Average Rating 4.5
( 18 )
Rating Distribution

5 Star

(15)

4 Star

(1)

3 Star

(0)

2 Star

(1)

1 Star

(1)

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Sort by: Showing all of 18 Customer Reviews
  • Anonymous

    Posted October 1, 2010

    A REALLY GOOD ROCK ALBULM

    THIS A A GREAT ROCK AND ROLL ALBULM THE STONES DID REALLY GOOD THIS GETS A 10 OUT OF 5 CAUSE ITS REALL AWESOME!!!!!!!!!!!!!!!

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  • Anonymous

    Posted October 1, 2010

    Very Disappointing

    I am a huge classic Rock Fan. I love bands Such as Led Zeppelin, Black Sabbath, Van Halen and so on. A friend of mine told me that I would like the Rolling stones if I like classic rock and reccomended this album to me. I sometimes hear the rolling stones on the radio and I liked some of there songs, so I thought I would Give em a try. I had never heard of any of the songs on Exile on main street before, and when I put the CD in my sterio and heard Mic Jaggers Voice I new right away that I wouldnt like this album, and I was right, I didnt like one song on it. I think that the music is pretty good, But I cant stand the singing. I am open to letting it grow on me, but so far it hasnt.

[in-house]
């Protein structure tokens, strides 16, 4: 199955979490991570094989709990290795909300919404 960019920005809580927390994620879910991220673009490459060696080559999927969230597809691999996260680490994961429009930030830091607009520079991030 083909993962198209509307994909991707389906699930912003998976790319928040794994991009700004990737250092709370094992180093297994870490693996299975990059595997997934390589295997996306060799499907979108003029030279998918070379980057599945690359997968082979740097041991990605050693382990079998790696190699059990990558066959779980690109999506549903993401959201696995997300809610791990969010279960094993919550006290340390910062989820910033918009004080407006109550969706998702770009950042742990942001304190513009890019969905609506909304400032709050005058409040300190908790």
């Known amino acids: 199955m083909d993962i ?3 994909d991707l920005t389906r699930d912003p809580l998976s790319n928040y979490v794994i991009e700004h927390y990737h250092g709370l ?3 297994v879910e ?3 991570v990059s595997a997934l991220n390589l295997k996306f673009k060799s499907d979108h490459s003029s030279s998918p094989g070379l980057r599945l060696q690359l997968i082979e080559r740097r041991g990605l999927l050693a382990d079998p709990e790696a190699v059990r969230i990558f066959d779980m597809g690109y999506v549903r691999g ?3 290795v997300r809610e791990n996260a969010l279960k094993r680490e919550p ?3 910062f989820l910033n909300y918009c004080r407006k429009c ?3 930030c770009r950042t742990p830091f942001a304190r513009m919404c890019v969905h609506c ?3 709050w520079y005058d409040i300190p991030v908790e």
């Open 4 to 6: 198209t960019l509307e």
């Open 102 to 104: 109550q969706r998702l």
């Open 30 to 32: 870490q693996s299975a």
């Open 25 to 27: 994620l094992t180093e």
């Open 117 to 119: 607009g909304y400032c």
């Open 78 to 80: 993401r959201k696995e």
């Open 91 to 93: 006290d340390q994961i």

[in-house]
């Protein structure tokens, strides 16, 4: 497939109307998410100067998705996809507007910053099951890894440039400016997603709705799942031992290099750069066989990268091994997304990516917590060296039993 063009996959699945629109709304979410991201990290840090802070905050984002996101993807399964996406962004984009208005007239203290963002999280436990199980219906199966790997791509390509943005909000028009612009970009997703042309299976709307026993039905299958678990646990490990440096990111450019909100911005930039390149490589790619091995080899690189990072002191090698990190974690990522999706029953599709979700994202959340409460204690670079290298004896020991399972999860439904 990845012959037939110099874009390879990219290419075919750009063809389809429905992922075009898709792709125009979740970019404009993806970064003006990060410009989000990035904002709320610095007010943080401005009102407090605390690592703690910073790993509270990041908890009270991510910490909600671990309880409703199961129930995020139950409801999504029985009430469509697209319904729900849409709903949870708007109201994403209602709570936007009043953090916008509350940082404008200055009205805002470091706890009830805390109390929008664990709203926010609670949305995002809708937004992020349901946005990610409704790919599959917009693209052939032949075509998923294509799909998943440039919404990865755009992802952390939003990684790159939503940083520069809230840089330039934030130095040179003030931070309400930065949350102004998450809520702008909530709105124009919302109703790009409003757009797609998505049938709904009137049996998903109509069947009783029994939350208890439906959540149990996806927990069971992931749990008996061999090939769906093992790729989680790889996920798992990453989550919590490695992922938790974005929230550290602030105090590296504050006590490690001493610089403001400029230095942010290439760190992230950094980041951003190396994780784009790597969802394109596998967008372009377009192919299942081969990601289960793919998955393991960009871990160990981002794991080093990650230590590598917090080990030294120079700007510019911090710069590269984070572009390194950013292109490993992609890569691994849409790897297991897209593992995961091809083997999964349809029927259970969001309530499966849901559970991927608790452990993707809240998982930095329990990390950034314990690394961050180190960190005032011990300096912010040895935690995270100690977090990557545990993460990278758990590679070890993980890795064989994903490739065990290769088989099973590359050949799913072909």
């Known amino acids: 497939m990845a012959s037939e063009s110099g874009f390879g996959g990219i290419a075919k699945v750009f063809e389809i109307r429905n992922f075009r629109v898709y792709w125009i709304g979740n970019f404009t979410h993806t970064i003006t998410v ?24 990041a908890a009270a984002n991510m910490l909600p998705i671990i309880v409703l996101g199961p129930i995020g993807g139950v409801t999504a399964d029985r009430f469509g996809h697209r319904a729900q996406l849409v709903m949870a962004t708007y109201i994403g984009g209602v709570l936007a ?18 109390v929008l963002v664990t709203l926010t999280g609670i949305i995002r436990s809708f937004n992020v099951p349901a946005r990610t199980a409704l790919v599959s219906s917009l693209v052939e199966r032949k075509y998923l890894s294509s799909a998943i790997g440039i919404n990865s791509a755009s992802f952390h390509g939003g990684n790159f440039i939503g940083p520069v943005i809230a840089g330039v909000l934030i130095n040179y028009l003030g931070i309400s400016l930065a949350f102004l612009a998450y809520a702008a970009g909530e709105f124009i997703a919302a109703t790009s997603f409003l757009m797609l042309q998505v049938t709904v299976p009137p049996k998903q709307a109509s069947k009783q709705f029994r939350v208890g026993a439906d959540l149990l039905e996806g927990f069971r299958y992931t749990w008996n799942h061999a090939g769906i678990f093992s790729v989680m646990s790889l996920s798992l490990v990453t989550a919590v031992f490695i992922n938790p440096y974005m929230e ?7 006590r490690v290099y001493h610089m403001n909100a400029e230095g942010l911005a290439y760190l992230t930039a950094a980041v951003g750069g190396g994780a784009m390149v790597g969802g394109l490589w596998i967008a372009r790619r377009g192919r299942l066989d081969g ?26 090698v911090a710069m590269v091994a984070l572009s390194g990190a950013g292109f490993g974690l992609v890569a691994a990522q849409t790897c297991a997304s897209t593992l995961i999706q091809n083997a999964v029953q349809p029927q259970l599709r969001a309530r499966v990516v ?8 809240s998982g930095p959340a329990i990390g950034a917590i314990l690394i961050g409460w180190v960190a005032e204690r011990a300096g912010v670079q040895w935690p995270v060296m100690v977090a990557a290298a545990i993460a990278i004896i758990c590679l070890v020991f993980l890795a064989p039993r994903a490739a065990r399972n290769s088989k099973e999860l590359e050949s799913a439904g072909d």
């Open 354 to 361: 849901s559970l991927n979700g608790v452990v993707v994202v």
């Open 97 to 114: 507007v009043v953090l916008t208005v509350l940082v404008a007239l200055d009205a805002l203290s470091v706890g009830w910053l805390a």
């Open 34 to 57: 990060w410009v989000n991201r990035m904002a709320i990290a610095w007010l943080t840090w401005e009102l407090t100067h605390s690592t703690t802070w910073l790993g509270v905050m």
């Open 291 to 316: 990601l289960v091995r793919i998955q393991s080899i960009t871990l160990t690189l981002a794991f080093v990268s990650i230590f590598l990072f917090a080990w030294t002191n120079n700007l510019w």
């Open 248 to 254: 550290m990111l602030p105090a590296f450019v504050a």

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  • Anonymous

    Posted October 1, 2010

    Top Notch Work

    “Exile on Mainstreet” is arguably the Rolling Stones' best 1970s era album. Put simply, the rhythm, soul, and genuineness of each track are what make Exile extraordinary. "Turd on the Run," despite its whimsical name, is testimony of raw rhythm coupled with lyrics about the heartache of loss and forlornness. "Loving Cup," not unlike "Salt of the Earth," throws the common-man into the midst of love (maybe lust) and its redeeming value without losing Richards' fluid guitar. Finally, "Torn and Frayed" reveals the ugly side of rock-and-roll fame and blends it with a quality backbeat. Exile is ultimately perhaps the Rolling Stones' most biting lyrical work that is supported by undeniably superb southern gospel rhythm.

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  • Anonymous

    Posted October 1, 2010

    WHATS WITH ALL THE HYPE?